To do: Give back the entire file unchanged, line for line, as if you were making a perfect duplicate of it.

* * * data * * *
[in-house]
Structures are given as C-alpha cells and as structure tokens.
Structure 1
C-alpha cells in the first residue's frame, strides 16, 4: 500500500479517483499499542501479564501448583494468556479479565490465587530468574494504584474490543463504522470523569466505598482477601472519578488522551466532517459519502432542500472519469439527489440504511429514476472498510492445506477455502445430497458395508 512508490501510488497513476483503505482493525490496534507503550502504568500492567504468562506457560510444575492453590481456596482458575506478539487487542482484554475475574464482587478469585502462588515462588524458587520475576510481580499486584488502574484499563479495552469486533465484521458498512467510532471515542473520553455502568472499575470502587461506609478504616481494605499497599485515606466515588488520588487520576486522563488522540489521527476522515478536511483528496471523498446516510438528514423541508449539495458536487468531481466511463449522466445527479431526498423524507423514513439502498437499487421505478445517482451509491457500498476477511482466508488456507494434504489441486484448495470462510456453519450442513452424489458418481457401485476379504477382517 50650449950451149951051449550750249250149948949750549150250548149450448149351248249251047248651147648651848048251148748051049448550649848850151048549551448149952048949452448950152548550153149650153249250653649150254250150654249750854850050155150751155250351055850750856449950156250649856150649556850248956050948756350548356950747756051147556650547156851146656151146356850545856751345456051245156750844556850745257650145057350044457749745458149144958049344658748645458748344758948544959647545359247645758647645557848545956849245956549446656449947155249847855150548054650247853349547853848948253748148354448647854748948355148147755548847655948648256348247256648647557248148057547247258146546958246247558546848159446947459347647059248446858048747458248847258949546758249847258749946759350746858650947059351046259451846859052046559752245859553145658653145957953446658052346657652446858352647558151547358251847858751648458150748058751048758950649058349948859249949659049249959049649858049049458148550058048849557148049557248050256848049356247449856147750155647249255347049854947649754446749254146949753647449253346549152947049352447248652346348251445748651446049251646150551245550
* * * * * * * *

[in-house]
Structures are given as C-alpha cells and as structure tokens.
Structure 1
C-alpha cells in the first residue's frame, strides 16, 4: 500500500479517483499499542501479564501448583494468556479479565490465587530468574494504584474490543463504522470523569466505598482477601472519578488522551466532517459519502432542500472519469439527489440504511429514476472498510492445506477455502445430497458395508 512508490501510488497513476483503505482493525490496534507503550502504568500492567504468562506457560510444575492453590481456596482458575506478539487487542482484554475475574464482587478469585502462588515462588524458587520475576510481580499486584488502574484499563479495552469486533465484521458498512467510532471515542473520553455502568472499575470502587461506609478504616481494605499497599485515606466515588488520588487520576486522563488522540489521527476522515478536511483528496471523498446516510438528514423541508449539495458536487468531481466511463449522466445527479431526498423524507423514513439502498437499487421505478445517482451509491457500498476477511482466508488456507494434504489441486484448495470462510456453519450442513452424489458418481457401485476379504477382517 50650449950451149951051449550750249250149948949750549150250548149450448149351248249251047248651147648651848048251148748051049448550649848850151048549551448149952048949452448950152548550153149650153249250653649150254250150654249750854850050155150751155250351055850750856449950156250649856150649556850248956050948756350548356950747756051147556650547156851146656151146356850545856751345456051245156750844556850745257650145057350044457749745458149144958049344658748645458748344758948544959647545359247645758647645557848545956849245956549446656449947155249847855150548054650247853349547853848948253748148354448647854748948355148147755548847655948648256348247256648647557248148057547247258146546958246247558546848159446947459347647059248446858048747458248847258949546758249847258749946759350746858650947059351046259451846859052046559752245859553145658653145957953446658052346657652446858352647558151547358251847858751648458150748058751048758950649058349948859249949659049249959049649858049049458148550058048849557148049557248050256848049356247449856147750155647249255347049854947649754446749254146949753647449253346549152947049352447248652346348251445748651446049251646150551245550